De droom van de meeste gamers, geld verdienen met gamen. Avault schreef een artikel over de mogelijke toekomst van professioneel gamen, hoe het begon en waar het nu is.

een ding kan je zeker zeggen, gamen is topsport.

Note: The Adrenaline Vault and the Cyberathlete Professional League are both divisions of NewWorld.com. The views expressed in this article are entirely the product of our independent research of third-party articles and publicly available data.

Three years ago, there was nothing like this.

Next month, prominent computer gamers from around the world will be gathering to match their wits and first-person shooting skills in Germany. The Cologne Open is the first major event to be held by the new European division of the Cyberathlete Professional League, or CPL. Cologne marks just the latest stop in a burgeoning international pro gaming tour, involving young people from America, Asia, and Europe, in serious, high-stakes play. Coming three years to the day after the first major cash tournament, the CPL's Foremost Roundup of Advanced Gamers (FRAG), in November of 1997, the young sport has already seen its share of ups and downs, heroes and villains, and no end of controversy.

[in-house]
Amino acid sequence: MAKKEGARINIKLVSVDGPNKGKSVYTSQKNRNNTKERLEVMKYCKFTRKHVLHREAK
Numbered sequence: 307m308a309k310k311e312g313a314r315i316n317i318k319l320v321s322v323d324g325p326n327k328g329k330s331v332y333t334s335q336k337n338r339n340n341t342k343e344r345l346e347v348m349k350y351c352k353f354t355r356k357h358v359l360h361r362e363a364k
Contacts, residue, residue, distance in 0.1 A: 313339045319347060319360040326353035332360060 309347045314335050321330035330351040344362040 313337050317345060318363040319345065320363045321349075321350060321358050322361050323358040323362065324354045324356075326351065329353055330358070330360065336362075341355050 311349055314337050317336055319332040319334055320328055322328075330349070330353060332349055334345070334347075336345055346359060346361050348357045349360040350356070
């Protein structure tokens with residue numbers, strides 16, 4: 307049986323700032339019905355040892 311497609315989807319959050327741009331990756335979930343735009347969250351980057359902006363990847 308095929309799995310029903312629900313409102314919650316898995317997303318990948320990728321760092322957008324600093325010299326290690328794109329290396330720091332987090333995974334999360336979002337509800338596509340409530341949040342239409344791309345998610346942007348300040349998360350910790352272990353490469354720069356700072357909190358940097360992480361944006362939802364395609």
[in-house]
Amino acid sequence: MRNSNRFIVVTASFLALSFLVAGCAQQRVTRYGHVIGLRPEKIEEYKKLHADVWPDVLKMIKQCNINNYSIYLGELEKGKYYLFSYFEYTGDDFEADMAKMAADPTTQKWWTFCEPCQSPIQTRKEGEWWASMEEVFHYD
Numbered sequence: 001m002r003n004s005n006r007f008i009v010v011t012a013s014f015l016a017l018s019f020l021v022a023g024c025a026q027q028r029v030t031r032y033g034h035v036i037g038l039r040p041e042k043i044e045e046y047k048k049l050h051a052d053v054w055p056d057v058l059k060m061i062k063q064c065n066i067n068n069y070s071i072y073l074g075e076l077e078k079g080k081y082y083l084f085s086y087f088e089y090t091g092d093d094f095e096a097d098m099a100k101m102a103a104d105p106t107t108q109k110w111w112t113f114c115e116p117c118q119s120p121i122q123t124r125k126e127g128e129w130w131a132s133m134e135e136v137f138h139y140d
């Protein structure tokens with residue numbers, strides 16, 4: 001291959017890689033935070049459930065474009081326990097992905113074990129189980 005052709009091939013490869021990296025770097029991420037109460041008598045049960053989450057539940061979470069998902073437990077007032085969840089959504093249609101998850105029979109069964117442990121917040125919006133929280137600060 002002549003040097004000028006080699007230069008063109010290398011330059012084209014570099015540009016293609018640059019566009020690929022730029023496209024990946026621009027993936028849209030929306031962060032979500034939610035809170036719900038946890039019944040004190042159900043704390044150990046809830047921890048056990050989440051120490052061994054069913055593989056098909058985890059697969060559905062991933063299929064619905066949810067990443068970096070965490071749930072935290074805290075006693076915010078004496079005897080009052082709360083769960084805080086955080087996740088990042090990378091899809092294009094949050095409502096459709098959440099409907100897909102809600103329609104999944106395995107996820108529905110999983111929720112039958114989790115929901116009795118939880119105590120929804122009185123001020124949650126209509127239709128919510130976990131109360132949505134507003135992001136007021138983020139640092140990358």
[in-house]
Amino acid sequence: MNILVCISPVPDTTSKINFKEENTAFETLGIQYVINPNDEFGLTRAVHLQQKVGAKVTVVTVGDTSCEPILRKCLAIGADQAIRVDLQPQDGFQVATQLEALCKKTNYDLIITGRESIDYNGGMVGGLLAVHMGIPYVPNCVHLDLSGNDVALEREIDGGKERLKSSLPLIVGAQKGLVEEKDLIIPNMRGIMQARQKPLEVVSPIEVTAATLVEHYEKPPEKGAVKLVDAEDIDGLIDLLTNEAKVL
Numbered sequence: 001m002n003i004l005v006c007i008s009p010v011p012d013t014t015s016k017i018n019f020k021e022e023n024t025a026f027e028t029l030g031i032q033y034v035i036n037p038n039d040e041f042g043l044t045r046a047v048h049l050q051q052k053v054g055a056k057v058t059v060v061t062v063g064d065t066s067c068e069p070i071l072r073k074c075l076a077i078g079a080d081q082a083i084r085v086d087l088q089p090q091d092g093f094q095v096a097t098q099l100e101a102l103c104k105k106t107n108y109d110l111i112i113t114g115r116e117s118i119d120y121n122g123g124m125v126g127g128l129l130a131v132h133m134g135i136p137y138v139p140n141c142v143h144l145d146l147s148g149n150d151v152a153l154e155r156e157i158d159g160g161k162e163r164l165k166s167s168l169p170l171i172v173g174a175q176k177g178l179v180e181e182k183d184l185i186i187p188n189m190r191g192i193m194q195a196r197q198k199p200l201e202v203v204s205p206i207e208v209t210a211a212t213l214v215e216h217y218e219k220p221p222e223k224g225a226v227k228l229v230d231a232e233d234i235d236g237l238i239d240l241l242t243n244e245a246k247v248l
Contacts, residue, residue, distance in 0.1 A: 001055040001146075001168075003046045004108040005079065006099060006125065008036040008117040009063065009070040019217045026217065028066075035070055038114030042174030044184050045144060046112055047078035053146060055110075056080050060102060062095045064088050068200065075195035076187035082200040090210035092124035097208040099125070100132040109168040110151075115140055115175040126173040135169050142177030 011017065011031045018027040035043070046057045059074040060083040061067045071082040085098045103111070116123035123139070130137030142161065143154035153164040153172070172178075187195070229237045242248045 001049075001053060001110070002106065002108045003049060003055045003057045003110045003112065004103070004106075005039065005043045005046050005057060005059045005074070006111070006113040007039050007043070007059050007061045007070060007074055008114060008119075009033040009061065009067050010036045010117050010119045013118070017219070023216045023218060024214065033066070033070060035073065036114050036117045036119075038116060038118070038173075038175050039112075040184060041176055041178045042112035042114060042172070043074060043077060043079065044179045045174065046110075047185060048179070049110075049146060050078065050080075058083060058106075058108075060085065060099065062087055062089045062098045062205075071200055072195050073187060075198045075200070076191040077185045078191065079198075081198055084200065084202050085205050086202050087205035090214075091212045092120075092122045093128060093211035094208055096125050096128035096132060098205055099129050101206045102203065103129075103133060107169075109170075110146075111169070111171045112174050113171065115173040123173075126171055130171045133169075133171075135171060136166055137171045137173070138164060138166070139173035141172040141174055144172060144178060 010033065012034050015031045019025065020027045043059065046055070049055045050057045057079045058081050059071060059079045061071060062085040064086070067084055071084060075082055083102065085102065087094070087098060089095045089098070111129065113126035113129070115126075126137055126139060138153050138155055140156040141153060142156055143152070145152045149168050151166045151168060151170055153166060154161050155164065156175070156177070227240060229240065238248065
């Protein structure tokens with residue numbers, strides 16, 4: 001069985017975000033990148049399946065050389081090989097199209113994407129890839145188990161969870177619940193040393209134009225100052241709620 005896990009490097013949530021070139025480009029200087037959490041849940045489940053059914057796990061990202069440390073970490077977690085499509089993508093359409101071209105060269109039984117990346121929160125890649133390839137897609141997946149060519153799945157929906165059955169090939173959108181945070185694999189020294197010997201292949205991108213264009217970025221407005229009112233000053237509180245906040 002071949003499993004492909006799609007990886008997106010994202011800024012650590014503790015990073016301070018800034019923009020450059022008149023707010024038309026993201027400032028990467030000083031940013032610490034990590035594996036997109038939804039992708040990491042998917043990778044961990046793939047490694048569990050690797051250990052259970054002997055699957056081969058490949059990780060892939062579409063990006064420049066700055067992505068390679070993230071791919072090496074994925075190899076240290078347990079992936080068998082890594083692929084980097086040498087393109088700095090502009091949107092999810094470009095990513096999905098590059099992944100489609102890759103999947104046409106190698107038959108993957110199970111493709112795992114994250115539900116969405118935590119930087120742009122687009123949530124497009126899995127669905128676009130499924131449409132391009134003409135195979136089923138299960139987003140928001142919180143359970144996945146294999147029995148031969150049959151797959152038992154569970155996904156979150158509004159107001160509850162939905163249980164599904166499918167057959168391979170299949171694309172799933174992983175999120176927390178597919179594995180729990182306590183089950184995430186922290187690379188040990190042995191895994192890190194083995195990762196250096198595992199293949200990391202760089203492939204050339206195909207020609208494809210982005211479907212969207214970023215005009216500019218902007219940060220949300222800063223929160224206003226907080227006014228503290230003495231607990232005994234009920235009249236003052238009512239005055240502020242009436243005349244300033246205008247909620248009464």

First Steps

Of one thing there is no doubt: the story of online power gaming begins with Quake. True, its precursor Doom had served the John-the-Baptist role of establishing a broad player base for first-person shooters. But competitively, until mid-1996, gaming had never progressed to more than a scattering of LAN-based first person shooter tournaments (notably the 1995 Judgement Day in Seattle, marking the launch of Microsoft's

games division, and won by an otherwise unremarkable 18 year-old named Dennis Fong). Real pro play would have to wait until Doom's successor, Quake, which appeared in mid-1996. Geld verdienen met gamen misschien tijd voor een carriere switch